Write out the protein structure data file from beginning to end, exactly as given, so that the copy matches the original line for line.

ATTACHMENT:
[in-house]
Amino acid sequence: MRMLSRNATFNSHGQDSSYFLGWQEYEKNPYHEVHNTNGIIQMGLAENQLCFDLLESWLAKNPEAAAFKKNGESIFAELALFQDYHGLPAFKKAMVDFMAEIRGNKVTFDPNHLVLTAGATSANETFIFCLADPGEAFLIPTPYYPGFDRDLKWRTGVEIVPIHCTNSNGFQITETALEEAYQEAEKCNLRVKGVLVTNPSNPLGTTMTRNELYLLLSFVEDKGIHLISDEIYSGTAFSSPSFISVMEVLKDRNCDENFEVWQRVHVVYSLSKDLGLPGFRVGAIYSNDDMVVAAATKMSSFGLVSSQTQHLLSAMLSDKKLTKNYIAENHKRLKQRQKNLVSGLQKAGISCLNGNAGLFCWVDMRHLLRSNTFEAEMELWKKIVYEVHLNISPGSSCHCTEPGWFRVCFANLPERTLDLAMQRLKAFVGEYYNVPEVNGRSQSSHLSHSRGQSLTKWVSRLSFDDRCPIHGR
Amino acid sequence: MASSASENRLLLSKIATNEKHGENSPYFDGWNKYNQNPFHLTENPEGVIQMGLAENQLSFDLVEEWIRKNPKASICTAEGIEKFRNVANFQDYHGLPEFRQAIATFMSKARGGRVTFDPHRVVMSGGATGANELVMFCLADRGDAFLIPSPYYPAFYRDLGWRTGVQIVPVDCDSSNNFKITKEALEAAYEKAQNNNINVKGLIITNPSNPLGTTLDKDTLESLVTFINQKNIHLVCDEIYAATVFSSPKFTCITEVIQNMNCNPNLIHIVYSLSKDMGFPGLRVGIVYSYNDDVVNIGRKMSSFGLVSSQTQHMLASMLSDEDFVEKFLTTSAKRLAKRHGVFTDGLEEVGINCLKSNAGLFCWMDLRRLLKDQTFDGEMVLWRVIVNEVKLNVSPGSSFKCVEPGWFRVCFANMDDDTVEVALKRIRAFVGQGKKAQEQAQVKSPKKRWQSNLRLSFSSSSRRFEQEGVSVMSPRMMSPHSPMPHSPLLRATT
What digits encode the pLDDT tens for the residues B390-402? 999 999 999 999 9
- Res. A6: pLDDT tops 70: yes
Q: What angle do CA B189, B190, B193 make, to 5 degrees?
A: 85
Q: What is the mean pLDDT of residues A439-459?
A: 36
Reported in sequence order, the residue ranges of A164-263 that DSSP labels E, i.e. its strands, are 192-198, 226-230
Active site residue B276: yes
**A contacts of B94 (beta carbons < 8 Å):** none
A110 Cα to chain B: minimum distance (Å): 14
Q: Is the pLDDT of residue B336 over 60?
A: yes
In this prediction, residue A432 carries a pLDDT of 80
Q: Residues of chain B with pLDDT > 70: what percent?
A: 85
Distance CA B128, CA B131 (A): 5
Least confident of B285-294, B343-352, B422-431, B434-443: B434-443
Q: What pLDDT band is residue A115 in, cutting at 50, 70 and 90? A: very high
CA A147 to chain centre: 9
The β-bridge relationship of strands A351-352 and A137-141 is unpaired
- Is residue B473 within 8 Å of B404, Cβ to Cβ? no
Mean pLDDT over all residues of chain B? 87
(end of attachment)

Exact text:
[in-house]
Amino acid sequence: MRMLSRNATFNSHGQDSSYFLGWQEYEKNPYHEVHNTNGIIQMGLAENQLCFDLLESWLAKNPEAAAFKKNGESIFAELALFQDYHGLPAFKKAMVDFMAEIRGNKVTFDPNHLVLTAGATSANETFIFCLADPGEAFLIPTPYYPGFDRDLKWRTGVEIVPIHCTNSNGFQITETALEEAYQEAEKCNLRVKGVLVTNPSNPLGTTMTRNELYLLLSFVEDKGIHLISDEIYSGTAFSSPSFISVMEVLKDRNCDENFEVWQRVHVVYSLSKDLGLPGFRVGAIYSNDDMVVAAATKMSSFGLVSSQTQHLLSAMLSDKKLTKNYIAENHKRLKQRQKNLVSGLQKAGISCLNGNAGLFCWVDMRHLLRSNTFEAEMELWKKIVYEVHLNISPGSSCHCTEPGWFRVCFANLPERTLDLAMQRLKAFVGEYYNVPEVNGRSQSSHLSHSRGQSLTKWVSRLSFDDRCPIHGR
Amino acid sequence: MASSASENRLLLSKIATNEKHGENSPYFDGWNKYNQNPFHLTENPEGVIQMGLAENQLSFDLVEEWIRKNPKASICTAEGIEKFRNVANFQDYHGLPEFRQAIATFMSKARGGRVTFDPHRVVMSGGATGANELVMFCLADRGDAFLIPSPYYPAFYRDLGWRTGVQIVPVDCDSSNNFKITKEALEAAYEKAQNNNINVKGLIITNPSNPLGTTLDKDTLESLVTFINQKNIHLVCDEIYAATVFSSPKFTCITEVIQNMNCNPNLIHIVYSLSKDMGFPGLRVGIVYSYNDDVVNIGRKMSSFGLVSSQTQHMLASMLSDEDFVEKFLTTSAKRLAKRHGVFTDGLEEVGINCLKSNAGLFCWMDLRRLLKDQTFDGEMVLWRVIVNEVKLNVSPGSSFKCVEPGWFRVCFANMDDDTVEVALKRIRAFVGQGKKAQEQAQVKSPKKRWQSNLRLSFSSSSRRFEQEGVSVMSPRMMSPHSPMPHSPLLRATT
What digits encode the pLDDT tens for the residues B390-402? 999 999 999 999 9
- Res. A6: pLDDT tops 70: yes
Q: What angle do CA B189, B190, B193 make, to 5 degrees?
A: 85
Q: What is the mean pLDDT of residues A439-459?
A: 36
Reported in sequence order, the residue ranges of A164-263 that DSSP labels E, i.e. its strands, are 192-198, 226-230
Active site residue B276: yes
**A contacts of B94 (beta carbons < 8 Å):** none
A110 Cα to chain B: minimum distance (Å): 14
Q: Is the pLDDT of residue B336 over 60?
A: yes
In this prediction, residue A432 carries a pLDDT of 80
Q: Residues of chain B with pLDDT > 70: what percent?
A: 85
Distance CA B128, CA B131 (A): 5
Least confident of B285-294, B343-352, B422-431, B434-443: B434-443
Q: What pLDDT band is residue A115 in, cutting at 50, 70 and 90? A: very high
CA A147 to chain centre: 9
The β-bridge relationship of strands A351-352 and A137-141 is unpaired
- Is residue B473 within 8 Å of B404, Cβ to Cβ? no
Mean pLDDT over all residues of chain B? 87